(require racket/list)
(second '(39 40 41 x 43)) ; -> 40
(fourth '(39 40 41 x 43)) ; -> 'x

So you can use this for data structures

<p>Welcome to my <b>cool website!</b></p>

X-expressions are a Lisp-y representation of XML. They represent XML as list structures, which can then be manipulated with the usual sexp-related functions like list and car. It's easiest to explain with an example:

'(p "Welcome to my " (b "cool website!"))

The quote mark ' at the start is required because 'p and 'b shouldn't be called as functions. This sexp is a store of data, not a program to be executed. 'p and 'b are actually symbols, and in this case they represent the XML tag name.

A practical example of manipulating lists

The <b> tag is deprecated in HTML 5, so let's replace it with the semantic <strong> instead.

In other programming languages, you might expect to use an object-oriented XML parser to do the work, but quoting and the x-expression notation lets us take a different approach in Lisp.

(define old '(p "Welcome to my " (b "cool website!")))
(define (replace-strong sexp)
  (cond [(symbol? sexp) (if (eq? sexp 'b) 'strong sexp)] ; recursion target: replace 'b with 'strong
        [(pair? sexp) (cons (replace-strong (car sexp)) (replace-strong (cdr sexp)))] ; recursion: reached a cons cell, replace its contents
        [#t sexp] ; don't touch other types like strings
(replace-strong old) ; -> '(p "Welcome to my " (strong "cool website!"))

DON'T PANIC if this example is beyond you. If you understand it, awesome! If you don't understand it, you're not missing out.

Quasiquote and unquote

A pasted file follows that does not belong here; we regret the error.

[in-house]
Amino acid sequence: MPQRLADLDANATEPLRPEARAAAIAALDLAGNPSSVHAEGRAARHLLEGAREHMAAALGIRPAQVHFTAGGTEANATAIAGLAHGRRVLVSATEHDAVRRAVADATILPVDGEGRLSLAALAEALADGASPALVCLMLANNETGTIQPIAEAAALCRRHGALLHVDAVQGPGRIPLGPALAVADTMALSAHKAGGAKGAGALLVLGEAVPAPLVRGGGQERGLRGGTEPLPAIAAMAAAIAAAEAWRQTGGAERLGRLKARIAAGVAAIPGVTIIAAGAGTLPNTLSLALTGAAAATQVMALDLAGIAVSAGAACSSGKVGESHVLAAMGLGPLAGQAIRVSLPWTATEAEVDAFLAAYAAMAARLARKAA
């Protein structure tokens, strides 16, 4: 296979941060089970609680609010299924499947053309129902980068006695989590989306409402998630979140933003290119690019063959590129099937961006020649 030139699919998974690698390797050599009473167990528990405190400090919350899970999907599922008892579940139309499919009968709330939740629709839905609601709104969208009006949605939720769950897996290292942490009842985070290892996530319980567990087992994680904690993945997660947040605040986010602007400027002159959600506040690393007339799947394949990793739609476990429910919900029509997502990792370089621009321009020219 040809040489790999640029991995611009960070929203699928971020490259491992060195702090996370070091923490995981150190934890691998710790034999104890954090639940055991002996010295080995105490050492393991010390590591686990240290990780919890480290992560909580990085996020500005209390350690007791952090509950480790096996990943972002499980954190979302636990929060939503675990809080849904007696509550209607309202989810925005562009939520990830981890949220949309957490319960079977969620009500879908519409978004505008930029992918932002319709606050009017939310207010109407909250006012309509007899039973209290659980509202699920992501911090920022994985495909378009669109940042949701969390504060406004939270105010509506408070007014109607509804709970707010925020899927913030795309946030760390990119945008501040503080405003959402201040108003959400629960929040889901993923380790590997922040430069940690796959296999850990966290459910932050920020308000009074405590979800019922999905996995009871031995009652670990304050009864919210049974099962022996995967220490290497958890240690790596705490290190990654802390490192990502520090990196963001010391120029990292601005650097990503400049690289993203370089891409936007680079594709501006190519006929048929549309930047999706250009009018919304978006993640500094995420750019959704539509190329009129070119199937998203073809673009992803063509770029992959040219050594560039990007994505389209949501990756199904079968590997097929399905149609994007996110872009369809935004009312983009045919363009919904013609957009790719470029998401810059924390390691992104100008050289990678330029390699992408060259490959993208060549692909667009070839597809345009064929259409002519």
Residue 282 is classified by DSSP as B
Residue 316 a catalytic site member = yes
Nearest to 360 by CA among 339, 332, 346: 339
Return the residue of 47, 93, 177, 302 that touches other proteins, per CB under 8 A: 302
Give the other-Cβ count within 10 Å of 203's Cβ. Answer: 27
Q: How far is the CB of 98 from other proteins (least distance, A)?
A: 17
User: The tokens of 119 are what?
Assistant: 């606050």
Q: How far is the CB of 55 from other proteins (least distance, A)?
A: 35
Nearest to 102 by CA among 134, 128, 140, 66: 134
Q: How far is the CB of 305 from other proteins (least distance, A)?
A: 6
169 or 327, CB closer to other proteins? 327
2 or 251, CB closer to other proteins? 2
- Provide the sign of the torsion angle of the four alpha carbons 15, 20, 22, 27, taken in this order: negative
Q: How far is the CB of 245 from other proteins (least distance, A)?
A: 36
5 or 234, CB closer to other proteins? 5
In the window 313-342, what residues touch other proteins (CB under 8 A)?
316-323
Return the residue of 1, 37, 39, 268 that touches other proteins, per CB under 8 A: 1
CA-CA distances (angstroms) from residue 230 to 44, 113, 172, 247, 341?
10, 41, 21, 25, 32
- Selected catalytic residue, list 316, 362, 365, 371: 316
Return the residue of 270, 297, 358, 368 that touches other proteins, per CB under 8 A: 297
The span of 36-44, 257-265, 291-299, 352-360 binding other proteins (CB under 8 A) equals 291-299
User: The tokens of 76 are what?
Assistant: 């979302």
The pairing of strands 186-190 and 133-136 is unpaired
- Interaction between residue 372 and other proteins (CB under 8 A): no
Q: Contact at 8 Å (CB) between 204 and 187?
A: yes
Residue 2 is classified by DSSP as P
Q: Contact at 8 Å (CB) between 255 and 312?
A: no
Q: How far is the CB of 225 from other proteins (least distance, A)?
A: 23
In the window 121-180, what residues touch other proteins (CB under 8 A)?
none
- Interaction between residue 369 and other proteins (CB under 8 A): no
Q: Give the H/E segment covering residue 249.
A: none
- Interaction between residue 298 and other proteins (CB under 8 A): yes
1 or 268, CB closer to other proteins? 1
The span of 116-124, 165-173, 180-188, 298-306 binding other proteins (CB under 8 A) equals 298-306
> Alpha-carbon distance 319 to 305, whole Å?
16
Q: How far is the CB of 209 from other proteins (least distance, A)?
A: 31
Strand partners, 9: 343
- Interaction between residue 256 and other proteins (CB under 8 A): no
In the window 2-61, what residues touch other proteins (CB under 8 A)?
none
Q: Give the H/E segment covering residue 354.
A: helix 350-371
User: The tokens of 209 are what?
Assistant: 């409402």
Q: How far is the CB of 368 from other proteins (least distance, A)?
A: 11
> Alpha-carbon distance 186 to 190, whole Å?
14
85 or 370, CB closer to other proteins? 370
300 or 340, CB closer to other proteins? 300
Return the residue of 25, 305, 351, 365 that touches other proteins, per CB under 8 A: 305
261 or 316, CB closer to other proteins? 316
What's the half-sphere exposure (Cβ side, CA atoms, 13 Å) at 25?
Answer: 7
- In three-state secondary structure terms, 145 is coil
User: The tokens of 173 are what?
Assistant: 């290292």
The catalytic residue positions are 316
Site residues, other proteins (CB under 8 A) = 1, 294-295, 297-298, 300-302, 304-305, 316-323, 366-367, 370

Touching on the example from earlier:

'(39 40 41 x 43)

What if you wanted 'x to actually be used as a variable, not a symbol? What if you did want to create the list '(39 40 41 42 43)? Without quoting, this can be done as follows:

(list 39 40 41 x 43)

But this can get messy if the data structure is complex, with several nested lists.

The quasiquote feature allows this in a compact notation. The quasiquote character, also known as backquote or backtick ` acts just like the normal quote ' most of the time:

`(39 40 41 x 43)

But using a quasiquote enables two additional features. Using a comma, you can unquote a specific value anywhere in the tree, such as inside nested lists:

`(39 40 41 ,x 43) ; -> '(39 40 41 42 43)
`(39 40 (41 (,x)) 43) ; -> '(39 40 (41 (42)) 43)

Quasiquote is often much easier and less messy than the alternative:

(list 39 40 (list 41 (list x)) 43) ; -> '(39 40 (41 (42)) 43)

The second additional feature

You can splice lists into other lists using ,@ inside a quasiquoted list. Wow, that was a lot of jargon. Check out the example:

(define y '(5 6 7 8))
`(4 ,y 9) ; -> (4 (5 6 7 8) 9)
`(4 ,@y 9) ; -> (4 5 6 7 8 9)

Using unquote , puts the value directly into the other list. Using unquote-splicing ,@ puts each list element into the other list, flattening them together.

Need more?

If you want to read a longer and more thorough explanation, an excellent option is available in the How to Design Programs book.

If you want to learn about how code and data are the same structures and how this naturally connects into macros, see CSE341 Lecture Notes 14 and then Macros in the Common Lisp Cookbook.

If you want to learn more Lisp basics, check Lisp Quickstart - Learning Lisp Fast for the short version and The Racket Guide for the long version.

If you want to learn how to design programs, read the How to Design Programs book for beginners.

Did you try the examples?

Hopefully this guide was an appropriate length to get you get to grips with quoting. Knowing you, you just read through this whole thing without trying the code examples in your editor, and that's okay! I designed this guide so that it should make sense just reading it, but I really really do recommend pasting the examples into your editor if you want to explore them and deepen your understanding.

Okay, that's the end. See ya!

— Cadence

A seal on a cushion spinning a globe on its nose.
Another seal. They are friends!